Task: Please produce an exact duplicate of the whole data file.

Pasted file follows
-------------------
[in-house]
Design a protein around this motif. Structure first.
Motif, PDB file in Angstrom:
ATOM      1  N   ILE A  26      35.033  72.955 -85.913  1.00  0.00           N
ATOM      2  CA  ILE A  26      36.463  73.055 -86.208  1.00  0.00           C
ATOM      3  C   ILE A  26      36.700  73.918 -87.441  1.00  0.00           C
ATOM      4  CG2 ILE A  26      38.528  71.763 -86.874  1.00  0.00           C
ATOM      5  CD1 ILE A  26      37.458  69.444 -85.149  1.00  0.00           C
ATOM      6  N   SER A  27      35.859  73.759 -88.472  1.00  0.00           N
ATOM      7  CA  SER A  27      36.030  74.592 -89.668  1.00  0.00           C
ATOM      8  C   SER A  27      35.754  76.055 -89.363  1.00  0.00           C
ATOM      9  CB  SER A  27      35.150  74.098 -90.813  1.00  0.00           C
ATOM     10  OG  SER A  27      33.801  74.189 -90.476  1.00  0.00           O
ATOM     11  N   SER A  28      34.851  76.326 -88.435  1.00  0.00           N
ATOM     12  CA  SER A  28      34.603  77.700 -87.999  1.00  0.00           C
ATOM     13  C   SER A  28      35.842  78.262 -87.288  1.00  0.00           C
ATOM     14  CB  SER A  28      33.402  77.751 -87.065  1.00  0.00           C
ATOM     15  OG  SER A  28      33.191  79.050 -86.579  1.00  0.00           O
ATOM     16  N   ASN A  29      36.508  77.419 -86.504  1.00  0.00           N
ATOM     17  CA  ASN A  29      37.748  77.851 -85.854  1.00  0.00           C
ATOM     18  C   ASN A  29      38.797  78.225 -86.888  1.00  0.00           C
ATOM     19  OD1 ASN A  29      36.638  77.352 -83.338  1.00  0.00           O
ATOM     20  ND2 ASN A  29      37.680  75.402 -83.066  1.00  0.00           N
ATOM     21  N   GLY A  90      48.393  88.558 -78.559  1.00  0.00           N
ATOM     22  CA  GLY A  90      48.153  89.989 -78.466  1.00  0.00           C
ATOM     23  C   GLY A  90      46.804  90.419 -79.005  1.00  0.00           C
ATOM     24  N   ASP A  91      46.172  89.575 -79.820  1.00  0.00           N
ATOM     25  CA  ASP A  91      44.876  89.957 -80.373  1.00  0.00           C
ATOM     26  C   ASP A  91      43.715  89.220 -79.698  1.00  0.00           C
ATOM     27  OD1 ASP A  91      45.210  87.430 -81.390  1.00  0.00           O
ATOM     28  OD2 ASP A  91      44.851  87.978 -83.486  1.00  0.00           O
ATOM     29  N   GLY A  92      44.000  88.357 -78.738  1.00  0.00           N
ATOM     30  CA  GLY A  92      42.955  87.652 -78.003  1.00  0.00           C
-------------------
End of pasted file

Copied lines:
[in-house]
Design a protein around this motif. Structure first.
Motif, PDB file in Angstrom:
ATOM      1  N   ILE A  26      35.033  72.955 -85.913  1.00  0.00           N
ATOM      2  CA  ILE A  26      36.463  73.055 -86.208  1.00  0.00           C
ATOM      3  C   ILE A  26      36.700  73.918 -87.441  1.00  0.00           C
ATOM      4  CG2 ILE A  26      38.528  71.763 -86.874  1.00  0.00           C
ATOM      5  CD1 ILE A  26      37.458  69.444 -85.149  1.00  0.00           C
ATOM      6  N   SER A  27      35.859  73.759 -88.472  1.00  0.00           N
ATOM      7  CA  SER A  27      36.030  74.592 -89.668  1.00  0.00           C
ATOM      8  C   SER A  27      35.754  76.055 -89.363  1.00  0.00           C
ATOM      9  CB  SER A  27      35.150  74.098 -90.813  1.00  0.00           C
ATOM     10  OG  SER A  27      33.801  74.189 -90.476  1.00  0.00           O
ATOM     11  N   SER A  28      34.851  76.326 -88.435  1.00  0.00           N
ATOM     12  CA  SER A  28      34.603  77.700 -87.999  1.00  0.00           C
ATOM     13  C   SER A  28      35.842  78.262 -87.288  1.00  0.00           C
ATOM     14  CB  SER A  28      33.402  77.751 -87.065  1.00  0.00           C
ATOM     15  OG  SER A  28      33.191  79.050 -86.579  1.00  0.00           O
ATOM     16  N   ASN A  29      36.508  77.419 -86.504  1.00  0.00           N
ATOM     17  CA  ASN A  29      37.748  77.851 -85.854  1.00  0.00           C
ATOM     18  C   ASN A  29      38.797  78.225 -86.888  1.00  0.00           C
ATOM     19  OD1 ASN A  29      36.638  77.352 -83.338  1.00  0.00           O
ATOM     20  ND2 ASN A  29      37.680  75.402 -83.066  1.00  0.00           N
ATOM     21  N   GLY A  90      48.393  88.558 -78.559  1.00  0.00           N
ATOM     22  CA  GLY A  90      48.153  89.989 -78.466  1.00  0.00           C
ATOM     23  C   GLY A  90      46.804  90.419 -79.005  1.00  0.00           C
ATOM     24  N   ASP A  91      46.172  89.575 -79.820  1.00  0.00           N
ATOM     25  CA  ASP A  91      44.876  89.957 -80.373  1.00  0.00           C
ATOM     26  C   ASP A  91      43.715  89.220 -79.698  1.00  0.00           C
ATOM     27  OD1 ASP A  91      45.210  87.430 -81.390  1.00  0.00           O
ATOM     28  OD2 ASP A  91      44.851  87.978 -83.486  1.00  0.00           O
ATOM     29  N   GLY A  92      44.000  88.357 -78.738  1.00  0.00           N
ATOM     30  CA  GLY A  92      42.955  87.652 -78.003  1.00  0.00           C